Tuesday, October 09, 2012

On This Day in History

On October 9, 1990, the United States government began making $20,000 payments to Japanese-Americans who had suffered internment in concentration camps during World War II. Despite the fact that no Japanese or Japanese-American person was ever convicted of spying for Japan during the war and despite the fact that the most decorated unit of the war (the 442nd Infantry Regiment) was made up almost entirely of troops of Japanese heritage, more than 110,000 (62% of which were U.S. citizens) were forced to move into "War Relocation Camps" that even President Franklin Roosevelt referred to in speeches as concentration camps. Old army bases and even former horse stables served as locations and as some of the horrified prisoners -- who had been stripped of their homes and businesses without opportunity to secure them for the future -- lost their minds and ran for the fences, they were shot without remorse.

The Civil Liberties Act of 1988, which was signed by President Ronald Reagan, called the government's actions "a grave injustice" based on "race prejudice, war hysteria, and a failure of political leadership." Eventually, $1.6 billion was dispersed to those who were interned and their heirs.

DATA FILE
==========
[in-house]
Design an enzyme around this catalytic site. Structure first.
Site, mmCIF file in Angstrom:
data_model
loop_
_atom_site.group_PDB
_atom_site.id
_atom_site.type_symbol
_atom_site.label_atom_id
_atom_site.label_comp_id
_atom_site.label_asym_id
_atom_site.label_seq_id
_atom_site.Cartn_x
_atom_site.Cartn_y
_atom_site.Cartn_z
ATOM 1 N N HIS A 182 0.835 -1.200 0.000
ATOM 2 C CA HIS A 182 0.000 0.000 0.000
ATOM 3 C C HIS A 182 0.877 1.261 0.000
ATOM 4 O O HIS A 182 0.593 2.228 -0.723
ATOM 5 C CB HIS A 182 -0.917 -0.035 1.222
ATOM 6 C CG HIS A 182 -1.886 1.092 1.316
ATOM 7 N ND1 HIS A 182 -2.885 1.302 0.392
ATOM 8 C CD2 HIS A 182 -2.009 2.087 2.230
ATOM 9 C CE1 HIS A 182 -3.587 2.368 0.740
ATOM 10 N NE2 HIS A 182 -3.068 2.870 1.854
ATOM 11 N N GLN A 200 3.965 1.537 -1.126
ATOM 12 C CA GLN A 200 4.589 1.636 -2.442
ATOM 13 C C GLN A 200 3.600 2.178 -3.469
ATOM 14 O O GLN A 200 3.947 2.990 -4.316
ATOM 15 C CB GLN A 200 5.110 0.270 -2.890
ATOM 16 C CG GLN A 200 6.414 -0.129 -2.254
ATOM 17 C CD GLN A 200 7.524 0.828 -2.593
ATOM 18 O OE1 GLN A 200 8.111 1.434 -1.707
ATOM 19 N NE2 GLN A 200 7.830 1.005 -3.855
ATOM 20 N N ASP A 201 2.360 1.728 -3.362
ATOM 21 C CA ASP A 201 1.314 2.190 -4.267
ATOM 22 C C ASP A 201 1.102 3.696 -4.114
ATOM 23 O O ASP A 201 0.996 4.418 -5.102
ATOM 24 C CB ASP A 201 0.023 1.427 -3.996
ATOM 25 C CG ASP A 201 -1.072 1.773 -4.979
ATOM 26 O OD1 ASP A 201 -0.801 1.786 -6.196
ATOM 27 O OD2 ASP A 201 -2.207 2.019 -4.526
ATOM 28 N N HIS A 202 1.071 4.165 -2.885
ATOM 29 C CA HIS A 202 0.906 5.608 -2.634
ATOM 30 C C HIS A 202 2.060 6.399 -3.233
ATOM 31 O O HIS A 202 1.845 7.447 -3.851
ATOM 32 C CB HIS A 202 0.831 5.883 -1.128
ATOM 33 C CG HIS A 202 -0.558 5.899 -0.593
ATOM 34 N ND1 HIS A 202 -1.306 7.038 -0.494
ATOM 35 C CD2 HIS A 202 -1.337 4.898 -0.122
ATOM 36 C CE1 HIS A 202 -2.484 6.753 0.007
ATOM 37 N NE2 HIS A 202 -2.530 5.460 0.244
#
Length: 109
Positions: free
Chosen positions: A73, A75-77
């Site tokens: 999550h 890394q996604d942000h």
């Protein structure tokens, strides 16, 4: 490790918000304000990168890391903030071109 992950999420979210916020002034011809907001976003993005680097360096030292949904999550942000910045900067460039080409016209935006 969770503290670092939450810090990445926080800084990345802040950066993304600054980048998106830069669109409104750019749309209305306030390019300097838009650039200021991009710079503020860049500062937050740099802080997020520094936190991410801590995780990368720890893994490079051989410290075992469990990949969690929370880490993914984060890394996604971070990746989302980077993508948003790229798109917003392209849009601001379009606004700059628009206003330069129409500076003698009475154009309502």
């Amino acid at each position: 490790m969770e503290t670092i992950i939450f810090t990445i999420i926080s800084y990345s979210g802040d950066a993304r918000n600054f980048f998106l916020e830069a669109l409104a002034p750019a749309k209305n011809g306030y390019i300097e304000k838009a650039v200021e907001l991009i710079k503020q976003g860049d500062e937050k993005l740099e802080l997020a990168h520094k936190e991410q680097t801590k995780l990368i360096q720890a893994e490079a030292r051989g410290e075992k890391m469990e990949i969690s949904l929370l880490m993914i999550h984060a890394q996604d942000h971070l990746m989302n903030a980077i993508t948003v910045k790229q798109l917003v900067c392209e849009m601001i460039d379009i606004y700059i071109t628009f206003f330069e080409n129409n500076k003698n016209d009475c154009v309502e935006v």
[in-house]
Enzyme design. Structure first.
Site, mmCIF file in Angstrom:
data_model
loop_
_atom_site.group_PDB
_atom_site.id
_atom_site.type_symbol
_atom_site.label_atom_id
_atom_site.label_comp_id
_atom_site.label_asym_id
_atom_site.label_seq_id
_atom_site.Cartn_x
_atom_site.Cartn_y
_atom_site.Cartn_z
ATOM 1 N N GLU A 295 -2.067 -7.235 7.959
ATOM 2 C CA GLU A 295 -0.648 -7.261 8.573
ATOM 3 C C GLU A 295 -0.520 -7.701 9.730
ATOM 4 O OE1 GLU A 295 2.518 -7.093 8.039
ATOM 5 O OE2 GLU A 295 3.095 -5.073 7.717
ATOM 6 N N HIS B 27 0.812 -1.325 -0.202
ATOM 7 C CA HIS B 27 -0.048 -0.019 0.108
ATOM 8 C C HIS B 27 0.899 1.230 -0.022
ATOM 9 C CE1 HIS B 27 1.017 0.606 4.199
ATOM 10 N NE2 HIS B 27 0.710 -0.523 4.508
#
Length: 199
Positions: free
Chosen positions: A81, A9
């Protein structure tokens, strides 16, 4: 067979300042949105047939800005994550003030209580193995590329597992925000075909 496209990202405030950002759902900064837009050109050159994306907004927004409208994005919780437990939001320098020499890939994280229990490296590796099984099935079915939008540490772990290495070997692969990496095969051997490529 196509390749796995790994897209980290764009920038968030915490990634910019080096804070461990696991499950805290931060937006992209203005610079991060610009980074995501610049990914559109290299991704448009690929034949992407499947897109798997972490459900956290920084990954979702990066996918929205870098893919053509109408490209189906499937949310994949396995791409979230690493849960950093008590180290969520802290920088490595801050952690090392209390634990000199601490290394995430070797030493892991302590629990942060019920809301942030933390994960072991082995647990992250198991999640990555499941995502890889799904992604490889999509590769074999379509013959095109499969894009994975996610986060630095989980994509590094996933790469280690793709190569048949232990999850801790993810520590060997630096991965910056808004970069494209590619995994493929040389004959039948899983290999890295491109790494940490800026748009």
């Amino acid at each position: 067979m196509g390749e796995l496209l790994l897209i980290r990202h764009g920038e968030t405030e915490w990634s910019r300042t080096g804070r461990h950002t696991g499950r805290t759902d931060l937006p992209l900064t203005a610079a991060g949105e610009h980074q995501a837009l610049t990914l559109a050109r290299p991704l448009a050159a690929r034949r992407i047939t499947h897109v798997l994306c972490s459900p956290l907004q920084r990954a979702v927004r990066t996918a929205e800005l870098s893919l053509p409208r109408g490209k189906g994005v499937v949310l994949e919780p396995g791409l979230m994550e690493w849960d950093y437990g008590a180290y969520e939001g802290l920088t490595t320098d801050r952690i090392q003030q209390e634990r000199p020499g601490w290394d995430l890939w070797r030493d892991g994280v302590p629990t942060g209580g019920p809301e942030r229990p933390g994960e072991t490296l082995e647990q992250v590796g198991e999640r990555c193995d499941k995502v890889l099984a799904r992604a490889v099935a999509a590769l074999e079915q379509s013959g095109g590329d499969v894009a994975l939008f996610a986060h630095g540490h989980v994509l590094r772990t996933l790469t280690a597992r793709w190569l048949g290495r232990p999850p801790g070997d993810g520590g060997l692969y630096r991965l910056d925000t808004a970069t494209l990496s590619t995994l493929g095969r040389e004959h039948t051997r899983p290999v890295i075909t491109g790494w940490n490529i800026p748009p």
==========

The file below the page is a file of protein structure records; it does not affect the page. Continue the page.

My question: if four years of internment is "a grave injustice" worthy of redress, then what is four hundred years of slavery followed by another one hundred fifty years of Black Codes, Jim Crow laws and policies, segregation, public lynchings, police brutality, minority over-representation in the nation's prisons and full scale unapologetic educational, economic and social discrimination as recently as five seconds ago? I'm just sayin'.

2 comments:

Brotha Wolf said...

The U.S. couldn't afford the money that it would pay back to the black community who is largely the victims of today's injustices let alone the descendants of past injustices. Even if they could, they won't. They don't see it as worth their time and effort due to their own negative perceptions on black people being lazy and criminal minded.

Plus, one has to expect something like repaying for the sins of the past through money as a way of making up to the victims. Money does help, but the trauma will remain. The money will never serve its purpose unless it's put to good use, to help and empower victims out of good will.

Changeseeker said...

I agree with you on every point, Brotha Wolf.